How 1 tsp of roasted flaxseeds in a fistful of nuts daily can lower cholesterol

Flaxseeds are rich in Omega 3 and Omega 6 fatty acids, soluble fibres, lignum and protein, all of which can bust cholesterol. This has been proved in multiple studies, says Dr Dipti Khatuja, head nutritionist at Fortis Memorial Research Institute, Gurgaon.

Written by Dr Dipti Khatuja

Sheena Matthews was diagnosed with high blood cholesterol during a routine health review. However, it wasn’t so high to warrant immediate medication. Predictably, her doctor recommended lifestyle modification to roll back her numbers and a diet discipline. A nutritionist advised her on her meal plan and included a daily intake of flaxseed. Her levels swung back to normal range in three months. Of course, lowering cholesterol levels is co-dependent on several corrective measures but as a dietary intervention, flaxseeds have been proven to be really effective.

A study by the American Society for Nutrition in 2015 showed that dietary flaxseed independently lowers circulating cholesterol and lowers it beyond the effects of cholesterol-lowering medications alone in patients with peripheral artery disease (PAD). Dietary flaxseed in PAD patients, in fact, resulted in a 15 per cent reduction in circulating LDL cholesterol as early as one month into the trial. Milled flaxseed lowers total and LDL cholesterol in patients with PAD and has additional LDL-cholesterol-lowering capabilities when used in conjunction with cholesterol lowering medication. Yet another research shows how dietary flaxseed, which contains the phytoestrogen lignan, lowers plasma cholesterol and glucose concentrations in hypercholesterolemic subjects. In fact, several studies show that taking flaxseed daily can reduce total cholesterol and low-density lipoprotein (LDL, or “bad”) cholesterol levels and even help you control blood pressure. In fact, many micro studies have shown that flaxseed reduces LDL and lowers total serum cholesterol while not affecting HDL or good cholesterol.

How flaxseed fights cholestrol
Flaxseed is a linseed and can be interchangeable. Its biological name is linum usitatissimum, which has been used to grow the fibre from which linen has been made for thousands of years. Our ancient civilisations included flaxseed in the human diet or its oil in cooking. The Greeks, Romans. Egyptians, Chinese and Indians have consumed it traditionally. Of course, its application in the new world happened when colonists took the flaxseed to the Americas.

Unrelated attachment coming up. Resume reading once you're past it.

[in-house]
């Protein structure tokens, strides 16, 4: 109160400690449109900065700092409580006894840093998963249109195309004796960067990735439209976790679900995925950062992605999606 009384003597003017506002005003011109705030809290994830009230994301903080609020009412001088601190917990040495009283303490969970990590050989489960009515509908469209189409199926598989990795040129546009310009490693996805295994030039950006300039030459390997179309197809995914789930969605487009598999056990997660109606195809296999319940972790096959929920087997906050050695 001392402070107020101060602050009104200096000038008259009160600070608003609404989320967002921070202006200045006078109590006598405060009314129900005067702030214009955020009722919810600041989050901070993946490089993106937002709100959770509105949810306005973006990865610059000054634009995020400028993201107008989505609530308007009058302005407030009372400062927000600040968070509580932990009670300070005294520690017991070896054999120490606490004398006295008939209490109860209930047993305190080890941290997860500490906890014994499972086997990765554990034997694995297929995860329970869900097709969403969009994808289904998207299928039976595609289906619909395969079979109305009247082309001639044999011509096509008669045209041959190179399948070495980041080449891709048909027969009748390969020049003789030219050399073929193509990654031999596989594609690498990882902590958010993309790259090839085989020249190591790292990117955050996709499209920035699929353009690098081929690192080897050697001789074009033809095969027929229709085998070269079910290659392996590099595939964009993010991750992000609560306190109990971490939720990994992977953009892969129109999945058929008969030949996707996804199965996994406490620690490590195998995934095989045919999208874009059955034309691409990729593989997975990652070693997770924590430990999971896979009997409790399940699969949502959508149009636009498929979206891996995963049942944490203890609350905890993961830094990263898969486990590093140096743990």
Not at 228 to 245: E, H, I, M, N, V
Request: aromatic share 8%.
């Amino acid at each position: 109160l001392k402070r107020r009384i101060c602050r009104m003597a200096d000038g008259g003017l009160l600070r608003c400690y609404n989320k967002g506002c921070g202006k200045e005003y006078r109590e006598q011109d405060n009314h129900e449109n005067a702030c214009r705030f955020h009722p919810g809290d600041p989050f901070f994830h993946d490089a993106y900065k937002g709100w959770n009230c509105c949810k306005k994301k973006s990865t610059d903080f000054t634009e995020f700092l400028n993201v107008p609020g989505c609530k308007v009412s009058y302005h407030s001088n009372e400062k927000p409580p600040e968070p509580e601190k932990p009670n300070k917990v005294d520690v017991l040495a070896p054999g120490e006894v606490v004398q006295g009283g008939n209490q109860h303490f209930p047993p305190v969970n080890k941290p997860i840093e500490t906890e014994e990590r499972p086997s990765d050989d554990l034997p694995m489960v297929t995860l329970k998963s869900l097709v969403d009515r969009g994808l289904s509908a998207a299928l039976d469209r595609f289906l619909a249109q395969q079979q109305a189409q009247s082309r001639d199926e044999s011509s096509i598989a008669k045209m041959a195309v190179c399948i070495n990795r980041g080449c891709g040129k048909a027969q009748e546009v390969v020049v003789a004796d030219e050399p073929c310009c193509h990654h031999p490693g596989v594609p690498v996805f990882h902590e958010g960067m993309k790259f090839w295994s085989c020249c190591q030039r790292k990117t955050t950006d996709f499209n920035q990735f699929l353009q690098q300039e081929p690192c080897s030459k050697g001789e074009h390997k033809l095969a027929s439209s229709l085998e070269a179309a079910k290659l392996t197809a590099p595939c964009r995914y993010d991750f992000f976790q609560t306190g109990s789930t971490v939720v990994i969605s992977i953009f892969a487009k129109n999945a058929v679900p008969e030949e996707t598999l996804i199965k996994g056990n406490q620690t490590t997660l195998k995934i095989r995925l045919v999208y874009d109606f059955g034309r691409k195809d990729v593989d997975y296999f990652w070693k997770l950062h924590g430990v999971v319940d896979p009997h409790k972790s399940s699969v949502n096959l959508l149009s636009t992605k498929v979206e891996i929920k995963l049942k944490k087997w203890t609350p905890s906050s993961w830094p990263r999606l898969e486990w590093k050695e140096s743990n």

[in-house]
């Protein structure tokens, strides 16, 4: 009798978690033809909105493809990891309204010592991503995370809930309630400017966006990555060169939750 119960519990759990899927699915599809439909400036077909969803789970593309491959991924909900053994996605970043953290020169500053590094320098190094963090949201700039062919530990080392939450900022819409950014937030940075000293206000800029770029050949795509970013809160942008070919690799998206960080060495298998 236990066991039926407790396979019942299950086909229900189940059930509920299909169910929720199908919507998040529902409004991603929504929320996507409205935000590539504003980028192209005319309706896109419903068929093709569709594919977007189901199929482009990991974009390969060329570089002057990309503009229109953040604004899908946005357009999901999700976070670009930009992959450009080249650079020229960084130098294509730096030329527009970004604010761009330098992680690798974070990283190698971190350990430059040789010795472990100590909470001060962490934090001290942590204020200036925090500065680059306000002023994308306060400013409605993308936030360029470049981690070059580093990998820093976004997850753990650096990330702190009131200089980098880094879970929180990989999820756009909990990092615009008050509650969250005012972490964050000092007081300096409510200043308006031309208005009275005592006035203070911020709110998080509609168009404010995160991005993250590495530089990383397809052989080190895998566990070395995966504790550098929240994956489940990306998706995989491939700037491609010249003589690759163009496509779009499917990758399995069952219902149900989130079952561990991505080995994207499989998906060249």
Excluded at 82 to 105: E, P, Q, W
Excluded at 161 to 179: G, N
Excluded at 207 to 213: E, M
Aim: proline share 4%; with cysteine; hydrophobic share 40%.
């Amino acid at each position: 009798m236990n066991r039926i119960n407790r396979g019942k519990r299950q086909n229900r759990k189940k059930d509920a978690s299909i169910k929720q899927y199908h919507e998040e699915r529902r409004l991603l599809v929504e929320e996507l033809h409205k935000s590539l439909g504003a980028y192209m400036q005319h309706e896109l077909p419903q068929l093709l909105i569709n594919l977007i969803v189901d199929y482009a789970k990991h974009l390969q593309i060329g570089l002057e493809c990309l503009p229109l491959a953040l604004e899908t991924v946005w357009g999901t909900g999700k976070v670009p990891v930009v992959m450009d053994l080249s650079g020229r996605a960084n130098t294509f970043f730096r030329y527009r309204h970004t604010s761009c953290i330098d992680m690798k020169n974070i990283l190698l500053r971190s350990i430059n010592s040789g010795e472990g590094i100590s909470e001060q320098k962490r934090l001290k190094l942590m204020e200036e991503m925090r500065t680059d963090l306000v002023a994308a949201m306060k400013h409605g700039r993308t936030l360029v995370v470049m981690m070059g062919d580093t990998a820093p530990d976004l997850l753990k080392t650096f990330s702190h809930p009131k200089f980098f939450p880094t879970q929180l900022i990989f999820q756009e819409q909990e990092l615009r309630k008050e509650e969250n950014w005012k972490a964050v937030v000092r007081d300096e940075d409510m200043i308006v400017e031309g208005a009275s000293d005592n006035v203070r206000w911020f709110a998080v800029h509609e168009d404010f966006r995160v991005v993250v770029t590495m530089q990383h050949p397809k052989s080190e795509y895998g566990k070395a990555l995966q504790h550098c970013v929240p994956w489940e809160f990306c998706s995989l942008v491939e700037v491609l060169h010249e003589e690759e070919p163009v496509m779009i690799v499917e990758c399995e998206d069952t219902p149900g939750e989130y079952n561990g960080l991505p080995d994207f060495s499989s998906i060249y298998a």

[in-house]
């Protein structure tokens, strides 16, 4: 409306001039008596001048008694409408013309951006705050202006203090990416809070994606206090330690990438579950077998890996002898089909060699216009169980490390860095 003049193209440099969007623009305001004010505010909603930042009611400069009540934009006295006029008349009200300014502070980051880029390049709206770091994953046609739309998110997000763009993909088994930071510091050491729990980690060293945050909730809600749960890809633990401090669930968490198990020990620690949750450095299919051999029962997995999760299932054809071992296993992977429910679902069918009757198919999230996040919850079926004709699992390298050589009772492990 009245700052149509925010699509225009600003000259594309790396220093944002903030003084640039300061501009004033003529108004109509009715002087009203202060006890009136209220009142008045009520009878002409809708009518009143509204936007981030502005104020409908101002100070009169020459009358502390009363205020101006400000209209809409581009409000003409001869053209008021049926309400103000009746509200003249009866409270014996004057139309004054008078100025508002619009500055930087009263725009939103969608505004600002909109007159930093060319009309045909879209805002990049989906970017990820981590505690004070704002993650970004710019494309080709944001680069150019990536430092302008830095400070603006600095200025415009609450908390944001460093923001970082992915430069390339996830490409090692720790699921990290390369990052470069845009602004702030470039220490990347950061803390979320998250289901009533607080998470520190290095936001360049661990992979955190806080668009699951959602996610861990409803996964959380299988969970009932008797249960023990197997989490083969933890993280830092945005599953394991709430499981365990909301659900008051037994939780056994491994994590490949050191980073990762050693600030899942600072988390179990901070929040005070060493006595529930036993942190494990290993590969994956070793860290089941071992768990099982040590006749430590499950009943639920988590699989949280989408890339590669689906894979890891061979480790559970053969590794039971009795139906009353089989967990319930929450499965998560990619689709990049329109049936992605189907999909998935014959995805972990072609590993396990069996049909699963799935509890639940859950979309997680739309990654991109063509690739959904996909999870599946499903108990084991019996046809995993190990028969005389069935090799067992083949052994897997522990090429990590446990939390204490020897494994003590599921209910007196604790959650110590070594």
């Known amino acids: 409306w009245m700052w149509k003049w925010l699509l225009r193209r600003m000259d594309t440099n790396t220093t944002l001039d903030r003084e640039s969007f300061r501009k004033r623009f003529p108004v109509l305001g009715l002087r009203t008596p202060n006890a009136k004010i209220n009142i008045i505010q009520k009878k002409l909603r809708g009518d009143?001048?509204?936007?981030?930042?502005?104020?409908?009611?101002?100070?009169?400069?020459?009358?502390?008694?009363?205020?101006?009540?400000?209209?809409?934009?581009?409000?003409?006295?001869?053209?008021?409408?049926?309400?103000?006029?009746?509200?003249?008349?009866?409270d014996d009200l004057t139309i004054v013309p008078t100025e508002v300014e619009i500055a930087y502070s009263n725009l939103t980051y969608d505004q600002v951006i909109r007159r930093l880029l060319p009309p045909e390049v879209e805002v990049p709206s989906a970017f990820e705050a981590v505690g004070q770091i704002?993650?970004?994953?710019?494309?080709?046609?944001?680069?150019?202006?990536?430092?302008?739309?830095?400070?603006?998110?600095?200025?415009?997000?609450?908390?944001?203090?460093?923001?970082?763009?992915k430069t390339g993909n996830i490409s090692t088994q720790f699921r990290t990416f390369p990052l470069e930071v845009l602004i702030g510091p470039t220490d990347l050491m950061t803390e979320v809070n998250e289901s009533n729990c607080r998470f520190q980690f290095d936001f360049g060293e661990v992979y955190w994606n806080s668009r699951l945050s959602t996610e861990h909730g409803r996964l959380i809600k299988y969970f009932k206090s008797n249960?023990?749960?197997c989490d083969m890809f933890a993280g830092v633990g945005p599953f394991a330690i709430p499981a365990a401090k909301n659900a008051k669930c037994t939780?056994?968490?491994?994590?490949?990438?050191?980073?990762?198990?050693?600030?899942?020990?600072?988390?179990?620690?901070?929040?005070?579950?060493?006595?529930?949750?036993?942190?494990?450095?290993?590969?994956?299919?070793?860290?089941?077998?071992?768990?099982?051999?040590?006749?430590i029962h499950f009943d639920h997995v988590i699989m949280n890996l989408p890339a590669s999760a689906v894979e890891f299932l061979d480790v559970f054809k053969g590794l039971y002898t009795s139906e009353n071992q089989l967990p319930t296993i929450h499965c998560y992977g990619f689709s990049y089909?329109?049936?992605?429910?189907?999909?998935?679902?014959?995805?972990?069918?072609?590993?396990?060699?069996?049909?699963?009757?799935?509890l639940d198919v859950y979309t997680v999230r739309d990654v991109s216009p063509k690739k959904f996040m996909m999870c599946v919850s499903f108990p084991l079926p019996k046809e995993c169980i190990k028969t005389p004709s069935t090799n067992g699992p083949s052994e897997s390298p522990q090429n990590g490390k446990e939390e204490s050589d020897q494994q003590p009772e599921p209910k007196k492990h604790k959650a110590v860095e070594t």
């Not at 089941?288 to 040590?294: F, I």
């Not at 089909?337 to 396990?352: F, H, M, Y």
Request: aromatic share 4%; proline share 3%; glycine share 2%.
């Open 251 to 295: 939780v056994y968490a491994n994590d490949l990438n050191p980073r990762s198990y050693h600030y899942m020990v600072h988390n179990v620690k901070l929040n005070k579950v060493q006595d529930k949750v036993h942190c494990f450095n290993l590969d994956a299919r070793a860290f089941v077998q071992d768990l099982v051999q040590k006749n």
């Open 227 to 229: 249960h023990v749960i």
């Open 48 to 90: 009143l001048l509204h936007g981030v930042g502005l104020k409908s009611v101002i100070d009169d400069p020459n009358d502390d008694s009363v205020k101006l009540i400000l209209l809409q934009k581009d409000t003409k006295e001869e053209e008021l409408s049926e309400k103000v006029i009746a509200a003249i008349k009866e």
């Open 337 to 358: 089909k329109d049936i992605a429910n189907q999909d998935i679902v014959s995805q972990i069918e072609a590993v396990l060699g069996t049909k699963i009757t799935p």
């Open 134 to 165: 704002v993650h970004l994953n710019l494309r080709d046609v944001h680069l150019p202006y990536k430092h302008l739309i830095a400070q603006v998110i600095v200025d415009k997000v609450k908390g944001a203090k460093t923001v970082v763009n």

Flaxseed is rich in Omega 3 and Omega 6 fatty acids, soluble fibres, lignum and protein, all of which can bust cholesterol. It is the richest plant source of Alpha-Linolenic Acid (ALA), which is thought to decrease the risk of heart disease by helping it maintain normal rhythms, pumping and reducing blood clots. It is also rich in Eicosapentaenoic acid (EPA) and the Docosahexaenoic acid (DHA). Research has proven that all three are good at fighting cholesterol, so flaxseed is that magic pill. A cupful or 100 gm of flaxseeds has 20 per cent protein, 28 per cent dietary fibre, 18 per cent of monounsaturated (MUFA) and 73 per cent of polyunsaturated fat (PUFA). It has 57 per cent of ALA and 60 per cent of linoleic acid. The human body cannot produce Omega 3 fatty acids, which have to be had from dietary sources. The soluble gum of the flaxseed is most effective in preventing cardiac episodes by pulling out the cholesterol from the bloodstream.

The high fibre content is good at taking care of all kinds of co-morbidities like diabetes, hypertension, obesity and colorectal cancers. Flaxseed is rich in phosphorus, magnesium and calcium. It has the highest amount of potassium and is low in sodium. So, it can control hypertension. It is a storehouse of micro-nutrients and a good amount of vitamins, particularly Vitamin E, which, being natural antioxidants, protect our cells from oxidation and promote sodium excretion in the urine. This protects the heart, lowers BP and the risk of Alzheimer’s too.

How much flaxseed should I have daily
As a nutritionist, I would say begin with 1 teaspoon or 5 g daily. But never have flaxseeds raw, always roast them. It is equally important to consider the form in which they are ingested. Roast whole seeds and have them with nuts during those in-between food cravings. One teaspoon of seeds mixed with a fistful of nuts is good in a day. Roast the seeds, grind them into a fine powder and add them to smoothies, home-made puddings and porridges, laddoos and curd. Generally, we do not recommend flax oil because it has more essential acids per serving and may aggravate inflammatory bowel diseases and bleeding conditions.

Who should not use flaxseeds
Those suffering from kidney diseases or with high potassium levels should not have it. Same with those who are sensitive to allergy or already have pre-existing inflammatory conditions. Please consult a doctor before incorporating the seeds in your diet. If you take any medicines or other supplements, get a doctor’s advice to avoid conflicting chemistries. Flaxseed may block the normal absorption of certain medicines. Of course, gap your medicines in such a way that they are taken at least one hour before or two hours after using flaxseed.

Flaxseed versus other seeds
Undoubtedly, these seeds are the best when it comes to busting cholesterol and are much more effective in maintaining cardio-vascular health. Ground flaxseed — but not flaxseed oil — may also help with constipation and menopausal symptoms.

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